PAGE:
Metabolic adaptation ensures survival of colon cancer cells

December 12, 2019

Colon cancer cells deficient in p53, one of the most important control proteins in cell growth, activate a particular metabolic pathway to adapt to the lack of oxygen and nutrients inside the tumor. Statins, which are often prescribed to lower cholesterol, block this metabolic pathway and cause the cancer cells to die, as scientists from the German Cancer Research Center (DKFZ) have now discovered. The researchers now intend to investigate this potential treatment strategy in more detail in cancer cells and animal experiments.

Once a tumor has reached a certain size, the cancer cells face a particular challenge: Growing in a disorganized way, tumors lack blood vessels, which leads to oxygen and nutrient deficiency inside the tumor. "Cancer cells have to completely reorganize their entire metabolism to adapt to this deficiency," Almut Schulze, an expert on metabolism at DKFZ, explained.

In her current work, Schulze investigated indications that the important control protein and tumor suppressor p53 plays a crucial role in adapting to deficiencies. Schulze and her team examined p53-deficient colon cancer cells to find out how p53 actually impacts on metabolic adaptation.

In order to mimic the deficient environment inside a cancerous tumor in a Petri dish, the researchers let the cancer cells grow into small spheroids. Colon cancer cells with intact p53 adapted to the deficient environment by restricting their growth. In contrast, the p53-deficient tumor cells inside the spheroids continued to grow as before, activating a metabolic pathway known as the mevalonate pathway, which supplied the cells with cholesterol, an important cell membrane component.

The mevalonate pathway can be inhibited using statins, which are common cholesterol-lowering agents. Treatment with statins did in fact induce apoptosis in the deficient environment inside the p53-deficient microtumors. In contrast, microtumors with intact p53 did not respond to the treatment.

Schulze and her team also found another way in which p53-deficient colon cancer cells adapted to the deficiencies: The activated mevalonate pathway also promoted the synthesis of ubiquinone, an important component in electron transport in the respiratory chain. In deficient environments, cancer cells are more heavily dependent on this substance - also called coenzyme Q10 - to synthesize new DNA.

"Cancer cells that are deficient in p53 use the mevalonate pathway to promote cell respiration and to access key cell components, hence ensuring their survival. From an oncologist's viewpoint, it is particularly interesting that this metabolic pathway is easy to inhibit with statins, allowing us to use a common drug to induce apoptosis in the cancer cells," Almut Schulze explained. "This only applies under the particular conditions of deficiency that prevail inside a tumor, however," she added. "That means that statins should be combined with agents that promote this metabolic stress, such as drugs that inhibit the formation of new blood vessels." Schulze hopes to test this new treatment strategy on tumor cells and in animal experiments as soon as possible.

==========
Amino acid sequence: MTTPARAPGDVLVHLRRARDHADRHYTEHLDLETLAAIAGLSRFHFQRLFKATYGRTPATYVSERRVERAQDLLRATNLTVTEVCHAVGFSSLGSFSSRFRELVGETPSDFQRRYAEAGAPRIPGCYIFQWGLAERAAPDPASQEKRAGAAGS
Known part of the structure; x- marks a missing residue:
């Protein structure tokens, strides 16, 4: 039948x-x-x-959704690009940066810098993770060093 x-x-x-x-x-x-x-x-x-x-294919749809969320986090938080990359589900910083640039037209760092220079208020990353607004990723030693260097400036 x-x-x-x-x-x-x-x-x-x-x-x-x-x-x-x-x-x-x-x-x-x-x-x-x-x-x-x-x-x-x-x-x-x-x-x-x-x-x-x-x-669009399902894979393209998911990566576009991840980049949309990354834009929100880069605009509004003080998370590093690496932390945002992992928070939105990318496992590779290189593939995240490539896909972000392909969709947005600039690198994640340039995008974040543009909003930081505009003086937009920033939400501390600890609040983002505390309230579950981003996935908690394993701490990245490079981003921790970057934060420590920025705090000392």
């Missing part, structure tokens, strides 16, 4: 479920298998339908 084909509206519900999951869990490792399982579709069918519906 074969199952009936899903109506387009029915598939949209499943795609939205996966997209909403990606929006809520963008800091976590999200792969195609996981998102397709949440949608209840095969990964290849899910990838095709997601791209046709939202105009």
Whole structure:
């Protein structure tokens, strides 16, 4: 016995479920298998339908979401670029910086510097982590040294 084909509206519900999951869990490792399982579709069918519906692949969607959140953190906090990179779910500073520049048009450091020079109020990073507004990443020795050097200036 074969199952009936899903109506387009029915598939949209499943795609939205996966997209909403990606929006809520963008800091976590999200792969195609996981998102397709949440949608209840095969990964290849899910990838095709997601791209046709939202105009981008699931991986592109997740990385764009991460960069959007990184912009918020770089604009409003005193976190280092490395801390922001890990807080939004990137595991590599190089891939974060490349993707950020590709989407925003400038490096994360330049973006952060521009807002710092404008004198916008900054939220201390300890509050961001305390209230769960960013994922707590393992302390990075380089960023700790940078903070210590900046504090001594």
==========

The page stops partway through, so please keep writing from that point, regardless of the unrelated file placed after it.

-end-
Irem Kaymak, Carina R. Maier, Werner Schmitz, Andrew,D. Campbell, Beatrice Dankworth, Carsten P. Ade, Susanne Walz, Madelon Paauwe, Charis Kalogirou, Hecham Marouf, Mathias T. Rosenfeldt, David M. Gay, Grace H. McGregor, Owen J. Sansom and Almut Schulze: Mevalonate pathway provides ubiquinone to 1 maintain pyrimidine synthesis and survival in p53-deficient cancer cells exposed to metabolic stress.

Cancer Research 2019, DOI: 10.1158/0008-5472.CAN-19-0650

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Picture Caption: p53 deficient cancer cells within the spheroids die from apoptosis (pink)

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The German Cancer Research Center (Deutsches Krebsforschungszentrum, DKFZ) with its more than 3,000 employees is the largest biomedical research institution in Germany. At DKFZ, more than 1,300 scientists investigate how cancer develops, identify cancer risk factors and endeavor to find new strategies to prevent people from getting cancer. They develop novel approaches to make tumor diagnosis more precise and treatment of cancer patients more successful.

DKFZ's Cancer Information Service (KID) provides individual answers to all questions about cancer for patients, the general public, and health care professionals. Jointly with partners from Heidelberg University Hospital, DKFZ runs the National Center for Tumor Diseases (NCT) located in Heidelberg and Dresden, and, also in Heidelberg, the Hopp Children's Cancer Center (KiTZ). In the German Cancer Consortium (DKTK), one of six German Centers for Health Research, DKFZ maintains translational centers at seven university partnering sites. Combining excellent university hospitals with high-profile research at a Helmholtz Center at the NCT and DKTK sites is an important contribution to the endeavor of translating promising approaches from cancer research into the clinic in order to improve the chances of cancer patients.

DKFZ is a member of the Helmholtz Association of National Research Centers, with ninety percent of its funding coming from the German Federal Ministry of Education and Research and the remaining ten percent from the State of Baden-Württemberg.

German Cancer Research Center (Deutsches Krebsforschungszentrum, DKFZ)

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